The race among a crowded market of activity-tracking devices just got a new contender as Sony today unveiled its latest smart band designed to monitor the health and fitness of users. Sony’s SmartBand 2 tracker includes a heart rate monitor that can register and display cardio data as long as the user feels like wearing it. Along with pulse, it measures heart rate variability, movements and quality of sleep.
The product can also count steps and even monitor stress level, according to Sony. SmartBand 2 is compatible with Android 4.4 and iOS 8.2 devices. Once paired with a device running one of those operating systems, SmartBand 2 can notify its user when an alarm, a message or a call arrives using vibrations or a series of LED lights. The SmartBand 2 can also be used to control media playback or the camera on the user’s mobile device.
The new Sony product runs an ARM Cortex-M0 32-bit processor, and comes with 256 KB internal embedded flash memory and 32 KB of RAM. The module and wristband measure not quite 10 inches in length, and weigh just under an ounce.
The SmartBand 2 also comes with a standard micro-USB port for charging. It takes just over an hour to take a full charge, after which it can run for up to two days, Sony said.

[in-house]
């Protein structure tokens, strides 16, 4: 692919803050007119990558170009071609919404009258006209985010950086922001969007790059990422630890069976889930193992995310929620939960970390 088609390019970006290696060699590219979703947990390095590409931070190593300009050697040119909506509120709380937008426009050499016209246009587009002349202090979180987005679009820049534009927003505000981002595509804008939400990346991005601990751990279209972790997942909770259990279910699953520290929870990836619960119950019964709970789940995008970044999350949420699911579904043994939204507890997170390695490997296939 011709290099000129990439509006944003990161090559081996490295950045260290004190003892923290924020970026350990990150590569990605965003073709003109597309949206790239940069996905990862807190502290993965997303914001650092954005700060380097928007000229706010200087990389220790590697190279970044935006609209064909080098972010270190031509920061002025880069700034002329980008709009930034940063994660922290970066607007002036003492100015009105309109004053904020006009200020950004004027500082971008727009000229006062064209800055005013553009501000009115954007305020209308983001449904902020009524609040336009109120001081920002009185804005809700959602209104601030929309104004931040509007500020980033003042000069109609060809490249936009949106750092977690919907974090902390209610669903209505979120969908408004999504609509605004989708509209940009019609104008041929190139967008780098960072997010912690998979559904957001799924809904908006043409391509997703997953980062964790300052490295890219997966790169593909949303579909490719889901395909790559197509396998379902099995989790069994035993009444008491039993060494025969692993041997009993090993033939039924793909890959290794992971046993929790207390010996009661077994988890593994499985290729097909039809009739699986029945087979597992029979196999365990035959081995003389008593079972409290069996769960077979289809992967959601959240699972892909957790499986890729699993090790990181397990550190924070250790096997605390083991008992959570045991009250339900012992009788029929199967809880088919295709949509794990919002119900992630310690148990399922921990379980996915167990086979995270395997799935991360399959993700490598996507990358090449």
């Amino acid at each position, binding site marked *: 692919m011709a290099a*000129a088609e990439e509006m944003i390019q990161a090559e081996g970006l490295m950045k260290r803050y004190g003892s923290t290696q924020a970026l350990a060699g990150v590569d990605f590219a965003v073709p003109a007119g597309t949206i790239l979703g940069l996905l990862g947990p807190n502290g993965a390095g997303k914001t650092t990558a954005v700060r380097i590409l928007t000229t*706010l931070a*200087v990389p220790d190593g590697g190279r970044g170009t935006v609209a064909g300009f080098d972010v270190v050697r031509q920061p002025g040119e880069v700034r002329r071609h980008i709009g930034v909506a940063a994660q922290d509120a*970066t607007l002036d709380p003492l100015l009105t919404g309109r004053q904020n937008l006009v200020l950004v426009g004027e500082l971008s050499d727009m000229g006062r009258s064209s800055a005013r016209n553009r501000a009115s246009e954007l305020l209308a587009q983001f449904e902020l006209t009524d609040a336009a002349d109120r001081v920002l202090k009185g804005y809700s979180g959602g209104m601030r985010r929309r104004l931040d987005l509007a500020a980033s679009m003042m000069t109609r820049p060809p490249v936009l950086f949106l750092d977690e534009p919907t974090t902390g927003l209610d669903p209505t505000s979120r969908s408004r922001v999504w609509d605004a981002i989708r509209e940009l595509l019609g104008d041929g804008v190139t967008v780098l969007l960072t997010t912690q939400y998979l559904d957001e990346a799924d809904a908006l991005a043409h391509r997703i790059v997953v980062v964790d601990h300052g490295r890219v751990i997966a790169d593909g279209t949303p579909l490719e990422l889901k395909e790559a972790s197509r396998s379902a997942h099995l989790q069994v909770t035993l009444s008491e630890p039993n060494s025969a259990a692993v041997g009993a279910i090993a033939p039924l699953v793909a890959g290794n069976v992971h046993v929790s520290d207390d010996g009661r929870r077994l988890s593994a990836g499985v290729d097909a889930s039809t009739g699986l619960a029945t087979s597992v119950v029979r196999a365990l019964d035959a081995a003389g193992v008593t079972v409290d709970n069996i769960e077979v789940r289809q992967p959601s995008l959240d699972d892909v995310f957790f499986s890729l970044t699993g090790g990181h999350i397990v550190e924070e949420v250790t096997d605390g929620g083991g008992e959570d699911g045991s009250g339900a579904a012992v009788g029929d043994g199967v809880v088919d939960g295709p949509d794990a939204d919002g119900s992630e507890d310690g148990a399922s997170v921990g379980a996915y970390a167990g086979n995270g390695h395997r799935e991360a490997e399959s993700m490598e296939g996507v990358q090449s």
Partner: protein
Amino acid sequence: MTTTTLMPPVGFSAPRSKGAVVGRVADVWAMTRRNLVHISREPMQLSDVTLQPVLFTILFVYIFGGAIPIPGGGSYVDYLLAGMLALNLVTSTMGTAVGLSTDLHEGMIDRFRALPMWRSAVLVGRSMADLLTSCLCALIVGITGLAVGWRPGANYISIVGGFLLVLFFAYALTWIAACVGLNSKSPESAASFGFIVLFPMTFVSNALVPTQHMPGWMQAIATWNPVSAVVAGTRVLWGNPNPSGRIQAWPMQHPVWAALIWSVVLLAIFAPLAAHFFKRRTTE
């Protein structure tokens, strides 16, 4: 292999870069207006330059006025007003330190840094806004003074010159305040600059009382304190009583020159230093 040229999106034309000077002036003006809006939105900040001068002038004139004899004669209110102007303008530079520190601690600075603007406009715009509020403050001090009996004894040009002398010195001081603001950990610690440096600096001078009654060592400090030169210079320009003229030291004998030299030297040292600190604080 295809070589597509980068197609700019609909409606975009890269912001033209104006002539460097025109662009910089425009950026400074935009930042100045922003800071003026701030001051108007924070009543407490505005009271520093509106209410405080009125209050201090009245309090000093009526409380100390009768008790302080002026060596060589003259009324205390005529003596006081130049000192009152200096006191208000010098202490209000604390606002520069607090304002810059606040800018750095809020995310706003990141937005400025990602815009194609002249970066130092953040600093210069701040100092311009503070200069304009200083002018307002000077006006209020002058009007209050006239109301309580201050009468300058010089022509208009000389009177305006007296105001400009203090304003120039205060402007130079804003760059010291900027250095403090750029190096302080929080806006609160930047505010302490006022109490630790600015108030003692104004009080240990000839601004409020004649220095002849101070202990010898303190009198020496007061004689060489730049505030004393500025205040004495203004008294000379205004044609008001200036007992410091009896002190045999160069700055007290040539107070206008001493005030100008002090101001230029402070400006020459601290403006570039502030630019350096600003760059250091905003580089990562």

All nice features, but are they enough to make SmartBand 2 stand out in a crowded and competitive activity tracker market? We reached out to Chris Jones, vice president and principal analyst at Canalys, who told us the SmartBand 2 might end up standing in a very tall shadow.
“Fitbit dominates the fitness tracker market, and had to increase manufacturing capacity this year to cope with the demand for its new products, especially the Charge HR,” said Jones. “So vendors need a band in their activity tracker portfolio with [heart rate monitoring], but they must generate the demand for the products, and have broad availability and a robust software platform.”
Jones pointed out another advantage of Fitbit: the word-of-mouth effect that comes when friends, family and colleagues all seem to be using the same brand of a product.
“Fitbit is a tough competitor,” Jones said. “It has excellent in-store point of purchase presence, is tripling R&D [spending] in 2015, and has a growing corporate wellness business.”
Besides Fitbit, the new offering from Sony must contend with Jawbone, Garmin and Misfit, which all offer bands with similar features. Budget Chinese mobile phone vendor Xiaomi also has its $30 Mi Band. Meanwhile, many smart watches, such as the Apple Watch and the Microsoft Band come with fitness tracking features.
The silicon SmartBand 2 comes in black or white and is waterproof up to nine feet. The device will go on sale next month for $130.
“The Smartband 2 is cheaper than the Fitbit Charge HR, although the Charge HR does include a useful function that the Smartband 2 does not feature — it tells the time,” said Jones.